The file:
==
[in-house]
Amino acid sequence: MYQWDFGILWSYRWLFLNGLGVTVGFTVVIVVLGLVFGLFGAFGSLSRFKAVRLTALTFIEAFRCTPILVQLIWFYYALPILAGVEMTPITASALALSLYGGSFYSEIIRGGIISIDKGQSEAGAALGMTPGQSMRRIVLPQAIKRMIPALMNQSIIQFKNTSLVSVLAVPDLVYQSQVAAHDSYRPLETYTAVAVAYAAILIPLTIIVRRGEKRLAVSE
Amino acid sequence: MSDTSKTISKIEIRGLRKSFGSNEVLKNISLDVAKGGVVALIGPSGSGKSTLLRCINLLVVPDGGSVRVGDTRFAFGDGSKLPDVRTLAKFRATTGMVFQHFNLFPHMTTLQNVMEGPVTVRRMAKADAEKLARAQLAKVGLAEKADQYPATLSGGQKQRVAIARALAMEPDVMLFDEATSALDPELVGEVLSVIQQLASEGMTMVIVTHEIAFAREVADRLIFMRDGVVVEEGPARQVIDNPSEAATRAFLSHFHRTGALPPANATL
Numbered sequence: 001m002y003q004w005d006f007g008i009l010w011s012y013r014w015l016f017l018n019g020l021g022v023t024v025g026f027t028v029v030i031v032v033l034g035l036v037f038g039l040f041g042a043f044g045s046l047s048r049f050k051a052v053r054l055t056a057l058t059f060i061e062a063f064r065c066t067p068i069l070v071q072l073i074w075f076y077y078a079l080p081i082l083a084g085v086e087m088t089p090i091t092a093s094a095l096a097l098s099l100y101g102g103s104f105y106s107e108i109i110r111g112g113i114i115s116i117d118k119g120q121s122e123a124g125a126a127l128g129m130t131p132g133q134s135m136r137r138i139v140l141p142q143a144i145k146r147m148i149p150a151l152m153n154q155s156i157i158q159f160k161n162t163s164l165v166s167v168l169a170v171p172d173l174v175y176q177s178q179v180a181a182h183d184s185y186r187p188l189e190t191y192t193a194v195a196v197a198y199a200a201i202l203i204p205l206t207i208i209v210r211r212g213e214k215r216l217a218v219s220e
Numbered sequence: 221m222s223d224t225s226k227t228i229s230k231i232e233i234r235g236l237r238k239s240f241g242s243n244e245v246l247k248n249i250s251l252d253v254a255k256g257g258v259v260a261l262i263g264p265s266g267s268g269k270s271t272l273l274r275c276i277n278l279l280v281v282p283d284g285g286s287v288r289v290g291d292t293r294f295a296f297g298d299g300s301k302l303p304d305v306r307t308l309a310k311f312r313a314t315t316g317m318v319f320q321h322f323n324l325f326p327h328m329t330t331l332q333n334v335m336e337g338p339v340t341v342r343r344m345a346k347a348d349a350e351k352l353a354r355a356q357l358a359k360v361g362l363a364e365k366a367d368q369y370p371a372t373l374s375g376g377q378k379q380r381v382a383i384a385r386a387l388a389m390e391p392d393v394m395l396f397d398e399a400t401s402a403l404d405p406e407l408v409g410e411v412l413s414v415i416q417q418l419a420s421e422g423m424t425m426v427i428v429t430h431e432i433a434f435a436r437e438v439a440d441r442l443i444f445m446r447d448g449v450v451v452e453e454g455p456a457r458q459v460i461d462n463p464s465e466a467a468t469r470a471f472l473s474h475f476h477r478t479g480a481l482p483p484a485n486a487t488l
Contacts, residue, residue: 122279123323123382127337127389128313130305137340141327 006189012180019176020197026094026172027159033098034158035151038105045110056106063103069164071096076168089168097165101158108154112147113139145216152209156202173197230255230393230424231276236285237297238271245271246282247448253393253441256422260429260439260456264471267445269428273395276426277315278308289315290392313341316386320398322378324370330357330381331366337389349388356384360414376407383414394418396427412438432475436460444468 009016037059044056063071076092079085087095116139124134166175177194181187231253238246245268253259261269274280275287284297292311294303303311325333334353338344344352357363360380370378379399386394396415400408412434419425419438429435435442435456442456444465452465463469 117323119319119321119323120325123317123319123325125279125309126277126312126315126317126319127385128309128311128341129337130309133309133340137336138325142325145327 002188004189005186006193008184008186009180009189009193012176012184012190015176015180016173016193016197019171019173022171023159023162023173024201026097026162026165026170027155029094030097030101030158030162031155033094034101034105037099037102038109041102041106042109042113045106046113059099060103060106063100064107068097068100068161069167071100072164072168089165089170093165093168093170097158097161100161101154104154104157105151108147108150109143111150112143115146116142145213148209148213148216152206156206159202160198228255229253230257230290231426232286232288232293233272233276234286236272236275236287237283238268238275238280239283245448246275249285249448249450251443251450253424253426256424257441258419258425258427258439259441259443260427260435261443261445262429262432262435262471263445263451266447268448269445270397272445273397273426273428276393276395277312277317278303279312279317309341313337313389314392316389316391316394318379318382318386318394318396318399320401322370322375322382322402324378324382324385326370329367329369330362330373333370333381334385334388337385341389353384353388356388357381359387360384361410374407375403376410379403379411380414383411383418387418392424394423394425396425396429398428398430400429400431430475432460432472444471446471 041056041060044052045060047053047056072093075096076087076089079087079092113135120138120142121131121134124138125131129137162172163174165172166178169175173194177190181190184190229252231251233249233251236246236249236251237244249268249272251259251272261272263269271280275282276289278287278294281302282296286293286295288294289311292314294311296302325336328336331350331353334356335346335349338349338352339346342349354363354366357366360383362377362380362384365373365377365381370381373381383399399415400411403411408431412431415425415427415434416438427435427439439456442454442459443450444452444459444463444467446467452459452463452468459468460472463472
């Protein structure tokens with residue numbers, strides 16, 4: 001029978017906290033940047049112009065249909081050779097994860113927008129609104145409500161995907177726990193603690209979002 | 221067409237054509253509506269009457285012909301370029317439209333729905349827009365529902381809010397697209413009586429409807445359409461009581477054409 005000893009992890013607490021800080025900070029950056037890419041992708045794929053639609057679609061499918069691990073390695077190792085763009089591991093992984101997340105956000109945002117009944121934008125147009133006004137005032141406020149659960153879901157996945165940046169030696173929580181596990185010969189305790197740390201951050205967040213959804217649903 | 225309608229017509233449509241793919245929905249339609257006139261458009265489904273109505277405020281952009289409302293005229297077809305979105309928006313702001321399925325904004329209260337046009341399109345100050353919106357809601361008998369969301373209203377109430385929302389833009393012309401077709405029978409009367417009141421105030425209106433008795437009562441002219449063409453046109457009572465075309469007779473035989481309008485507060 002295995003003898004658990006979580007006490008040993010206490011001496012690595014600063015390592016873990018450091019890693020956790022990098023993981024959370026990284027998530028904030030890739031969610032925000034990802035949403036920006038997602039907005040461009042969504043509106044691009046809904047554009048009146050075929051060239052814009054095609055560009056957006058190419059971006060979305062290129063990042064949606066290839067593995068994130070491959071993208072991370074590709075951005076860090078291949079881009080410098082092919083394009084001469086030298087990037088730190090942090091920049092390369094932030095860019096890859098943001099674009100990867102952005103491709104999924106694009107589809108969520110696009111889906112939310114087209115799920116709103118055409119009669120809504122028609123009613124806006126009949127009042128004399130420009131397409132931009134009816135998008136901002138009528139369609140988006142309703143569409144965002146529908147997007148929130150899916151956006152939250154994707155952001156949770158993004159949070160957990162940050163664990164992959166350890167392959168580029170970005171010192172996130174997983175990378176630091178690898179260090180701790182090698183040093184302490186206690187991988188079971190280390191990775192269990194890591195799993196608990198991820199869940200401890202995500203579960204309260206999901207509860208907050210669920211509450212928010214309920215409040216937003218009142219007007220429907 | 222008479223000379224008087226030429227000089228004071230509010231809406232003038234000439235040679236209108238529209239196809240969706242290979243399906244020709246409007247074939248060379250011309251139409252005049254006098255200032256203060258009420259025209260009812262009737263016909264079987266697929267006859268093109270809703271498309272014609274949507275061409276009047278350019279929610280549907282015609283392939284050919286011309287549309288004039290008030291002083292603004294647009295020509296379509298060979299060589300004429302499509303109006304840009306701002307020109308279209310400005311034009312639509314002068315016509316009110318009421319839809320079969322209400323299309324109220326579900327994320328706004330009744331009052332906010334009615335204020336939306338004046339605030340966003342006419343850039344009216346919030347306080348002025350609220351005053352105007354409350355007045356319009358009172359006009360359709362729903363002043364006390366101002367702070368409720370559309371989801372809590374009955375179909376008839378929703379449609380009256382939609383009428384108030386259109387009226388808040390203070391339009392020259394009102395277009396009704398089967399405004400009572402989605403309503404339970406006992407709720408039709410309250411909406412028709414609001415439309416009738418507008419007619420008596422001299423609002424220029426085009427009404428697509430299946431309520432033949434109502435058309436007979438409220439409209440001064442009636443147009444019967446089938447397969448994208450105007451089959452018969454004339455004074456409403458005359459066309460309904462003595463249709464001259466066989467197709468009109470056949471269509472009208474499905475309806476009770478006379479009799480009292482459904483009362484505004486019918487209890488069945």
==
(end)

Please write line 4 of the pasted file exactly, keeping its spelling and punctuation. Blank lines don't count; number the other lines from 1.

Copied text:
Numbered sequence: 001m002y003q004w005d006f007g008i009l010w011s012y013r014w015l016f017l018n019g020l021g022v023t024v025g026f027t028v029v030i031v032v033l034g035l036v037f038g039l040f041g042a043f044g045s046l047s048r049f050k051a052v053r054l055t056a057l058t059f060i061e062a063f064r065c066t067p068i069l070v071q072l073i074w075f076y077y078a079l080p081i082l083a084g085v086e087m088t089p090i091t092a093s094a095l096a097l098s099l100y101g102g103s104f105y106s107e108i109i110r111g112g113i114i115s116i117d118k119g120q121s122e123a124g125a126a127l128g129m130t131p132g133q134s135m136r137r138i139v140l141p142q143a144i145k146r147m148i149p150a151l152m153n154q155s156i157i158q159f160k161n162t163s164l165v166s167v168l169a170v171p172d173l174v175y176q177s178q179v180a181a182h183d184s185y186r187p188l189e190t191y192t193a194v195a196v197a198y199a200a201i202l203i204p205l206t207i208i209v210r211r212g213e214k215r216l217a218v219s220e